Allergic rhinitis (allergies) may happen year-round or seasonally. When it occurs seasonally it is generally caused by airborne particles from trees, grass, ragweed, or outdoor mold.
Causes of year-round allergic rhinitis include indoor substances such as pet dander, indoor mold, cockroach and dust mites in bedding, mattresses, and carpeting.
Sleep problems are common in people with allergic rhinitis. One study found that sleep is dramatically impaired by allergic symptoms and that the degree of impairment is related to the severity of those symptoms. In addition, sleep problems are linked with fatigue and daytime sleepiness as well as decreased productivity at work or school, impaired learning and memory, depression, and a reduced quality of life.
Obstructive sleep apnea (OSA), a sleep disorder in which breathing is briefly and repeatedly interrupted during sleep, is linked with allergic rhinitis.
OSA occurs when the muscles of the throat relax and fail to hold the airway open during sleep. People with OSA may suffer from severe daytime sleepiness and a range of chronic health problems such as heart disease, stroke, and sexual dysfunction. Nasal congestion, which causes the upper airway to narrow, increases the risk of both snoring and OSA among allergic rhinitis patients. The excellent news is that reducing nasal inflammation may reduce symptoms of snoring and OSA as well as daytime fatigue and sleepiness, according to at least one study.
This is particularly significant for those OSA patients who own trouble with continuous positive airway pressure(CPAP) devices because of nasal congestion.
In addition, research suggests that allergic rhinitis is a risk factor for snoring and OSA among children. Snoring and other sleep problems are linked with poor performance in school, lower IQ, and even brain damage, according to recent research. Parents are urged to pay shut attention to sleep symptoms in children with allergic rhinitis and discuss their children’s sleep with their pediatricians.
With such a high rate of sleep disorders and other health problems among allergic rhinitis patients, getting adequate sleep on a regular basis is essential to maintaining physical and mental health as well as performance, safety, and overall well-being.
According to NSF’s 2006 Sleep in America poll, 15% of American adolescents take medications for allergies.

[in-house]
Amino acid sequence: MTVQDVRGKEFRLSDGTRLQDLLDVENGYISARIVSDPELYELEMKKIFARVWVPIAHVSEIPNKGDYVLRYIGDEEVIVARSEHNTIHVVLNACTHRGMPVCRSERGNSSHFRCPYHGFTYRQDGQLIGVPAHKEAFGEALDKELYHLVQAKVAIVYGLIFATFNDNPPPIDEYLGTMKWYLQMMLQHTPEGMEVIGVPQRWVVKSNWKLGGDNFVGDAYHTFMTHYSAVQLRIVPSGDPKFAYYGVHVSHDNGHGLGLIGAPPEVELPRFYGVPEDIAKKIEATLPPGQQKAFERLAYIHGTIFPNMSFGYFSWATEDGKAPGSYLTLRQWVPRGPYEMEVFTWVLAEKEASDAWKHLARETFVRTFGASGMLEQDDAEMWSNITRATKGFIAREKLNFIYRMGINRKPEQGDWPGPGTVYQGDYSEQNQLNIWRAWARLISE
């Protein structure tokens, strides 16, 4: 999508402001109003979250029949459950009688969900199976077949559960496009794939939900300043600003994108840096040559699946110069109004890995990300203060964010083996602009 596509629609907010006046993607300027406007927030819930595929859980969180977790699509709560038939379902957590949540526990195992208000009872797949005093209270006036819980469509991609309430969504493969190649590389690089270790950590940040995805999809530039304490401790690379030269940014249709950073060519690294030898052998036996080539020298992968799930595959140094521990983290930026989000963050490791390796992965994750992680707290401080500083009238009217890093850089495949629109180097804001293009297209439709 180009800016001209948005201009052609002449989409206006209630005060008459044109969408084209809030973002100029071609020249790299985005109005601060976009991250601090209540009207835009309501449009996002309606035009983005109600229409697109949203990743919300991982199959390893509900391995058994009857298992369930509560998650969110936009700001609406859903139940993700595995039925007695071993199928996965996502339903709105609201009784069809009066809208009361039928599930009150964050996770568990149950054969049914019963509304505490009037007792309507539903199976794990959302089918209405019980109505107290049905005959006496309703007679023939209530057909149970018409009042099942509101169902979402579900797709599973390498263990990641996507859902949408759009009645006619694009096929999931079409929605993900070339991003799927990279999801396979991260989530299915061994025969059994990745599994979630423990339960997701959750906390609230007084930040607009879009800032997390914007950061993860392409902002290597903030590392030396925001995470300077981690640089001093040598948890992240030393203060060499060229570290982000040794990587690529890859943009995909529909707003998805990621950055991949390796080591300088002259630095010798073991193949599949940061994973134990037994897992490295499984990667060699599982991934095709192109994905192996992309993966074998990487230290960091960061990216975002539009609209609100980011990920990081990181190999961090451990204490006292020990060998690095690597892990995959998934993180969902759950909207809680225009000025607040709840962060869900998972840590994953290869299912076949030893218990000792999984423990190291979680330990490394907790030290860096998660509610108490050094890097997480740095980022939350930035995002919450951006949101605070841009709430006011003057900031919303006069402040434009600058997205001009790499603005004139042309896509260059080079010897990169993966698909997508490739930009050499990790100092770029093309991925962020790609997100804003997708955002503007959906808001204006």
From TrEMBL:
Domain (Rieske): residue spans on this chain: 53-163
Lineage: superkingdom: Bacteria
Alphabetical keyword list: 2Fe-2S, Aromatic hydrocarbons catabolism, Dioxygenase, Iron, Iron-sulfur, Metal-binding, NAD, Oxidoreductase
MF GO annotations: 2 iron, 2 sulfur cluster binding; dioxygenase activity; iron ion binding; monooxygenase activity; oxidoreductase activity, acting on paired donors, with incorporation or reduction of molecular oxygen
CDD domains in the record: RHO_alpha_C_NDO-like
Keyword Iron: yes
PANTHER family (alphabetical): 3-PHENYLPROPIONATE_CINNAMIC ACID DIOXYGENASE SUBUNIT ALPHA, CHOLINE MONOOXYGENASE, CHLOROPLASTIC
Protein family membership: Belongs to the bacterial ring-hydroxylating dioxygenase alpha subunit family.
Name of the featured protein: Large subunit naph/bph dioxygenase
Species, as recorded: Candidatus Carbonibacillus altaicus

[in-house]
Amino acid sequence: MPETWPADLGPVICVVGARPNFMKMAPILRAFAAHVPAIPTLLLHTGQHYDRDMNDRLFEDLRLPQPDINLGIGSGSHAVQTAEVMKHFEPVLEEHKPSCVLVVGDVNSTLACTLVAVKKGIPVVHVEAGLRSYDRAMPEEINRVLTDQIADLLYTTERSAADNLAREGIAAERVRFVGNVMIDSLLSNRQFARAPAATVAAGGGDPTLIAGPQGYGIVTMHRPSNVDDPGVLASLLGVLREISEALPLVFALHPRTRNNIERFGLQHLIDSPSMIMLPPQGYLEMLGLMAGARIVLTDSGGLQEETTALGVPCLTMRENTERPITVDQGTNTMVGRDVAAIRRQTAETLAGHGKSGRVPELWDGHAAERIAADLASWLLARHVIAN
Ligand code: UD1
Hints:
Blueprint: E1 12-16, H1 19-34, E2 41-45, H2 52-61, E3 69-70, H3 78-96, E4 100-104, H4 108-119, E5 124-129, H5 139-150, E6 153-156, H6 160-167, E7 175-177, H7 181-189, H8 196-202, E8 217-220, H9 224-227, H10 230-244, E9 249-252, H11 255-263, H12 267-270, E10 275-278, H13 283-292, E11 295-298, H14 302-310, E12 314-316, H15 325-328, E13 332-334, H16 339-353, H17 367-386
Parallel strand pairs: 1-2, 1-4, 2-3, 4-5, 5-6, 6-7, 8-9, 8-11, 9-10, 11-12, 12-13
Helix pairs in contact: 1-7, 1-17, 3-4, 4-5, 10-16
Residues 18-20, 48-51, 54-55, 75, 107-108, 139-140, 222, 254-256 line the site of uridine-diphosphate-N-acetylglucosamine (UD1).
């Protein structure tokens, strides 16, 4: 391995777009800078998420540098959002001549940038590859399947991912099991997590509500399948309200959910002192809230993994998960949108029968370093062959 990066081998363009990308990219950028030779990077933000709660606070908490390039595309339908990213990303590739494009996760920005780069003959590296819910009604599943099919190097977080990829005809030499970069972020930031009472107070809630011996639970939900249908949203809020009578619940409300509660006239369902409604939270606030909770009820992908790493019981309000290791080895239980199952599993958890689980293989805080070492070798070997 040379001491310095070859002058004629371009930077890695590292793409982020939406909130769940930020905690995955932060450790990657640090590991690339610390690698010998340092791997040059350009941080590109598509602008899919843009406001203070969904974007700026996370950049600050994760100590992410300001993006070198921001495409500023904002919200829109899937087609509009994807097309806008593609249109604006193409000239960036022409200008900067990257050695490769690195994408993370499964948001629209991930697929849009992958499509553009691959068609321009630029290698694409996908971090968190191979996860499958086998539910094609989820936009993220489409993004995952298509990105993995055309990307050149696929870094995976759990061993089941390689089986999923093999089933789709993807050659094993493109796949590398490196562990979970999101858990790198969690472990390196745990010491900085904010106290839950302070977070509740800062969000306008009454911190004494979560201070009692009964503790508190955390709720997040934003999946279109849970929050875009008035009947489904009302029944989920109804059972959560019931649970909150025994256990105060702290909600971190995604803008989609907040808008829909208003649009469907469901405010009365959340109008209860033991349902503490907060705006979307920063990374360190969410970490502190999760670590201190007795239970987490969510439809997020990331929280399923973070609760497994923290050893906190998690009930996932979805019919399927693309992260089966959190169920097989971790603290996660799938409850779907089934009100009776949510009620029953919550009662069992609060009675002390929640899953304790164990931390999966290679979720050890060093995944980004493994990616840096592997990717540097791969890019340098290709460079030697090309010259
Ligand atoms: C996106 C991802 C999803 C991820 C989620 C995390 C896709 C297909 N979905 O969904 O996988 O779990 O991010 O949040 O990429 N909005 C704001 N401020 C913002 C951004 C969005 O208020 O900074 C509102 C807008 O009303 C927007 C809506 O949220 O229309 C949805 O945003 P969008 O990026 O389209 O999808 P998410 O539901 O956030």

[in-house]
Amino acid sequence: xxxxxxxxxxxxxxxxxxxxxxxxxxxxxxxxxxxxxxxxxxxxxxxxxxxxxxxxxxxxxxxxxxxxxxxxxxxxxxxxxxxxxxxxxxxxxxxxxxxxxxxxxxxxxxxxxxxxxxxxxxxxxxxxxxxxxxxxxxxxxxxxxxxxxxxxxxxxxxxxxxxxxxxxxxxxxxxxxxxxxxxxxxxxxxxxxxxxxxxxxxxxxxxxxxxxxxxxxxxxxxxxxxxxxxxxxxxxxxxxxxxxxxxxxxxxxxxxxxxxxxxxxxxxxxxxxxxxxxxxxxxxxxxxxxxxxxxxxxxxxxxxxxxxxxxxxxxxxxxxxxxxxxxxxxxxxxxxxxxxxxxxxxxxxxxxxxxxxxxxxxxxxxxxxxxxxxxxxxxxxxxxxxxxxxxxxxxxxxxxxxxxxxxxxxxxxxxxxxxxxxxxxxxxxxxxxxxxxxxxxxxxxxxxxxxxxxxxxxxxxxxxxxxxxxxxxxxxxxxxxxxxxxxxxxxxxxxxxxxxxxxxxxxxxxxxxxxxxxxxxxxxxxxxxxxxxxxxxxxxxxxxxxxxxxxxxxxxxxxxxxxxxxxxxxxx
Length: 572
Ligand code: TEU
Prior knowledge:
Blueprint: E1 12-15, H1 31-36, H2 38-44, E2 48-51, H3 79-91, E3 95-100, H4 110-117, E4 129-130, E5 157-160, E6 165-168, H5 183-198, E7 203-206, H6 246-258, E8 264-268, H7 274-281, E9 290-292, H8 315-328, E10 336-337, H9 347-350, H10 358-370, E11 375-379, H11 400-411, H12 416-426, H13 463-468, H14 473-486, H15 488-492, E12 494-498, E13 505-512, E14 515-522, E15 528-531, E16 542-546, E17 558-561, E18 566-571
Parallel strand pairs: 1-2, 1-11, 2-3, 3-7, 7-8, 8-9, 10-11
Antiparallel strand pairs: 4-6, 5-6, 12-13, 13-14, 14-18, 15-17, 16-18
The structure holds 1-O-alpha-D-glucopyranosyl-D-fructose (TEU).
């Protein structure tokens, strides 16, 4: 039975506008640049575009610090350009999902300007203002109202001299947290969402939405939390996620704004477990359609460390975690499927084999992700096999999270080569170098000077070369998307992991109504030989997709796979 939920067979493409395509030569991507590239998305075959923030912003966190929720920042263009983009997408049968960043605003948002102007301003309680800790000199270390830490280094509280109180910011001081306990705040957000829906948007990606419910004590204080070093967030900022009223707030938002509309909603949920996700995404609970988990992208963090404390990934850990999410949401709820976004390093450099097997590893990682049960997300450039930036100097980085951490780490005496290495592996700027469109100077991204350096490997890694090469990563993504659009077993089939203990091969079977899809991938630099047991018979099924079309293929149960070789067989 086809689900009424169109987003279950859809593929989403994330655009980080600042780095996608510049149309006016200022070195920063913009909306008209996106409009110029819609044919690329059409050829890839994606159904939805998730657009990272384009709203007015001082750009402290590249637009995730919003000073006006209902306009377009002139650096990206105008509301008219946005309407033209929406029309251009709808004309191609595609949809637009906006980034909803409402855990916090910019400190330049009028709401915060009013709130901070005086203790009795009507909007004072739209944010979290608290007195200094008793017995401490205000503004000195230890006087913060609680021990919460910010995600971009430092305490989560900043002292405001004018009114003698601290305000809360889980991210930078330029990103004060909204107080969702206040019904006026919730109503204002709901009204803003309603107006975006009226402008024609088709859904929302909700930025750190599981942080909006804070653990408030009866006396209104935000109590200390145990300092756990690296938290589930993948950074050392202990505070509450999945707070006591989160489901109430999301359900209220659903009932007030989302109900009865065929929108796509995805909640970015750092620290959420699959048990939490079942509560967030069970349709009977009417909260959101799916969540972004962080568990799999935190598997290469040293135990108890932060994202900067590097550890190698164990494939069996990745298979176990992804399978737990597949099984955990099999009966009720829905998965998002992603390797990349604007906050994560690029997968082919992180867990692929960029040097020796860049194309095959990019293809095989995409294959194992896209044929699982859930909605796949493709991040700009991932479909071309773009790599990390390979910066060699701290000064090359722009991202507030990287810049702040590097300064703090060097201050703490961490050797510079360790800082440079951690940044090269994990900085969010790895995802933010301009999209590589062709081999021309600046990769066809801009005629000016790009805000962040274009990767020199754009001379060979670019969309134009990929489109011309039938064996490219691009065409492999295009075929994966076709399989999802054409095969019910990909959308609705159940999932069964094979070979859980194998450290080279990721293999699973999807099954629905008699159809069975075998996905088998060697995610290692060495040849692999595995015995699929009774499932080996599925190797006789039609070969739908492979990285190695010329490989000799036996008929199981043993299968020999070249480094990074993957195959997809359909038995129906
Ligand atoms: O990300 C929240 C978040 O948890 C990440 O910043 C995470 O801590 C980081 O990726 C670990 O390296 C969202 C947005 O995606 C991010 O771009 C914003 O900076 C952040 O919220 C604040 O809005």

Reviewed by David G.
Davila, MD (December 2009).
There’s no contesting that allergy season is annoying AF. You’re supposed to *finally* be running exterior again or picnicking in the park, but instead, you’re stuck inside trying (key word) to breathe through snot and see through watery, itchy eyes.
And if it feels love your allergies own gotten worse the final few years, you’re not incorrect. After a consistent increase in the intensity and length of allergy season over the final several years (you can blame climate change), allergy season 2020 will likely be worse than usual or potentially the most intense and longest yet if the trend continues.
Allergy symptoms—those watery eyes and stuffy nose, along with sneezing fits, coughing, wheezing, and hive- or eczema-like rashes—happen when your immune system essentially freaks out over an otherwise harmless substance (like pollen). Delightful, huh?
But even if the above symptoms sound every too familiar, there is excellent news: You can fight back against allergies—and the sooner you get started the better. That means knowing when exactly allergy season will start this year, and how to prep your body for any allergen invaders.
When to see a GP
Visit a GP if the symptoms of allergic rhinitis are disrupting your sleep, preventing you carrying out everyday activities, or adversely affecting your performance at work or school.
A diagnosis of allergic rhinitis will generally be based on your symptoms and any possible triggers you may own noticed.
If the cause of your condition is uncertain, you may be referred for allergy testing.
Find out more about diagnosing allergic rhinitis
What causes allergic rhinitis
Allergic rhinitis is caused by the immune system reacting to an allergen as if it were harmful.
This results in cells releasing a number of chemicals that cause the inside layer of your nose (the mucous membrane) to become swollen and too much mucus to be produced.
Common allergens that cause allergic rhinitis include pollen (this type of allergic rhinitis is known as hay fever), as well as mould spores, home dust mites, and flakes of skin or droplets of urine or saliva from certain animals.
Find out more about the causes of allergic rhinitis
Treating and preventing allergic rhinitis
It’s hard to completely avoid potential allergens, but you can take steps to reduce exposure to a specific allergen you know or suspect is triggering your allergic rhinitis.
This will assist improve your symptoms.
If your condition is mild, you can also assist reduce the symptoms by taking over-the-counter medications, such as non-sedating antihistamines, and by regularly rinsing your nasal passages with a salt water solution to hold your nose free of irritants.
See a GP for advice if you own tried taking these steps and they own not helped.
They may prescribe a stronger medication, such as a nasal spray containing corticosteroids.